Neil Chan, a larger than life figure who launched Solo Sounds International, and dominated the landscape of Arts and Entertainment in Guyana, commanding large costume and float parade bands at Mashramani in the 70s and 80s in Georgetown, died on Jan. 5. He was 88 years old.
Born on Nov. 4 and named Neil Vibert Ignatius Michael Chan by parents Soloman Chan and Rudy Beckles who lived in Georgetown, Chan, from a very young age created history, as a multifaceted person.
Cultural Director of the Guyana Cultural Association New York Claire Goring, a close friend and former member of the “Solo” team, recalled Chan’s commitment to creating a good life for himself, while promoting his country.
He was a sports enthusiast, who excelled at bodybuilding and weight lifting and represented Guyana at the 1966 8th British Empire Commonwealth Games in Jamaica.
Chan’s business savvy led to his appointment as general manager of the External Trade Bureau (ETB), in 1970, which was responsible for the importation of most of Guyana’s food and other commodities. He played a major role in trade at a time when foreign currency was in short supply and material for the development of the country were greatly needed.
He later started Bel Park Guyana Agency, and as a distributor of the Solo brand of agricultural equipment used by small farmers throughout Guyana.
Chan won King of the Band Competition on many occasions, leading Solo Sounds Int. to prominence at the Festival Arts of Guyana for many years, as the leading private sector costume band, well-known for splendor and pageantry with 1000 strong “Mashparaders.”
He participated in Mash Nite and Mash Day Competitions, and presented Solo contestants, displaying saris created locally by Solo staff at Deepavali Pageants.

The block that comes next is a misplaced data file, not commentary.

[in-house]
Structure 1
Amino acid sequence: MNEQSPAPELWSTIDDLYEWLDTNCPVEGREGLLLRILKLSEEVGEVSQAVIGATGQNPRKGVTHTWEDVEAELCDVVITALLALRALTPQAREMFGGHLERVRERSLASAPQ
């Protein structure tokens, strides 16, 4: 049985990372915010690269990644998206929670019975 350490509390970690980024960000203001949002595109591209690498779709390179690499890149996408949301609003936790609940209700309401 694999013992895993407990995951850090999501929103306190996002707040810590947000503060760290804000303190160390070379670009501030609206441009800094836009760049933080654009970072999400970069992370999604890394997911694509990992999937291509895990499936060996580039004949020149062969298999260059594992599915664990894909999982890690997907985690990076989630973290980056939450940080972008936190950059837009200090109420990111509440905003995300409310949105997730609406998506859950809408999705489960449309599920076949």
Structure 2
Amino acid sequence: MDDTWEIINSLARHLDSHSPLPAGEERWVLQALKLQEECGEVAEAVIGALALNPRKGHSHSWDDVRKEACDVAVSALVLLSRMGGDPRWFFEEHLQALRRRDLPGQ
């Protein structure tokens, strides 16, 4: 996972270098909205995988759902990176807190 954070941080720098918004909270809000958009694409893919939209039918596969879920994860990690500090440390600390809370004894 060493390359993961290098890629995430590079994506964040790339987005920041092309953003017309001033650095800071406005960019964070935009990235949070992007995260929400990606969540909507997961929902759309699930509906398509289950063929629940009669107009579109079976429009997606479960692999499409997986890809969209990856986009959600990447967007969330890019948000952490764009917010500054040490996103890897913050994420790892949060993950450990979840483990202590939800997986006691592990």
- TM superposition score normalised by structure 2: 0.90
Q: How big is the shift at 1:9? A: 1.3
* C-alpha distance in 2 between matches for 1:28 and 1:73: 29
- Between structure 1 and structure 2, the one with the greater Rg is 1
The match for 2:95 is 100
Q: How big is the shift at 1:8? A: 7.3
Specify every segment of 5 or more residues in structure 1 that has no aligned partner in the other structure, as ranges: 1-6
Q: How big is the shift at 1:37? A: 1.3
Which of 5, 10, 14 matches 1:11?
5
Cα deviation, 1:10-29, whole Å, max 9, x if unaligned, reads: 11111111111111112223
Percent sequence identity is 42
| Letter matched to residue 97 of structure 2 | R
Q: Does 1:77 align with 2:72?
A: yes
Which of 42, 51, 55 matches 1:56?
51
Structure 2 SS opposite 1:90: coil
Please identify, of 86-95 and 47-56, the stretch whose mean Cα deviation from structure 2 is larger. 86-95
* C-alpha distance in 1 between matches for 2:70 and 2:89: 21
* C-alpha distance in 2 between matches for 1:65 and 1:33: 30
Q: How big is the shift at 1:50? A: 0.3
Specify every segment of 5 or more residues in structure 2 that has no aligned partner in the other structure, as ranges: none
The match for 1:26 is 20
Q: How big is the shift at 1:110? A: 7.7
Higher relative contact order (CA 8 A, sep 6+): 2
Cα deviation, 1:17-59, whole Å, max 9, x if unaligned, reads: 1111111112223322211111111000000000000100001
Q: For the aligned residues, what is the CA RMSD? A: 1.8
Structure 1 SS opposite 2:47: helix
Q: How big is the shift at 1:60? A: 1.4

Chan received the Golden Arrowhead of Achievement award, Guyana’s highest honor, for his dedicated and outstanding contribution to culture. He was also honored with the GCA of New York Award for his endowment to Guyana’s Arts and Culture.
He went on to launch Xanadu, a popular upscale discotheque the Place Where Dreams Come True – formally located at Vlissengen Road and Duncan Street in Georgetown.
This icon also played a significant role in developing costumed bands for tramping, after joining the steel band culture. He was a member of the musical group the Four Lords with Billy Moore, Neville Rose, Willie Wright, and Eve Manifold, who laid a foundation for his excellence as an exponent in Guyanese expression.
Chan’s Solo Sounds Int. was the first to bring international talent to Guyana. Such performers included, Trinidad and Tobago’s Shadow, David Rudder, Tambu, and the Charlie’s Roots band. His band became the most influential during the 1970s and the early 1980s.
Neil Chan would be most remembered for his supremacy in bringing all Guyanese together in the myriad of productions and collaborations he was instrumental in forming during his lifetime.
He was an astute businessman, well-liked, popular and versatile person. The Guyanese community and the thousands of lives he touched will dearly miss him.
Neil and his devoted wife, Sheila, shared 58 years of marriage. They also shared adopted children, Fabian Gaskin and Sattie Sasenarine, Carlotta, Vilma and George Chan.
Others who mourn Chan, include; nephews Musa Amin and Neil Allicock, nieces Patricia Mercurius, Sandra Britton, Marcy Allicock and six others; great nieces and nephew: Michelle Britton, Tony Britton and Abbi Braithwaight and 16 others; 18 great, great, nieces and nephews; cousins the Chan family; cherished friends: Fay and Grant Gaskin and family, the Spooner family, Claire Goring, Alicia Dougall and family, Inez Seepaul, and many others.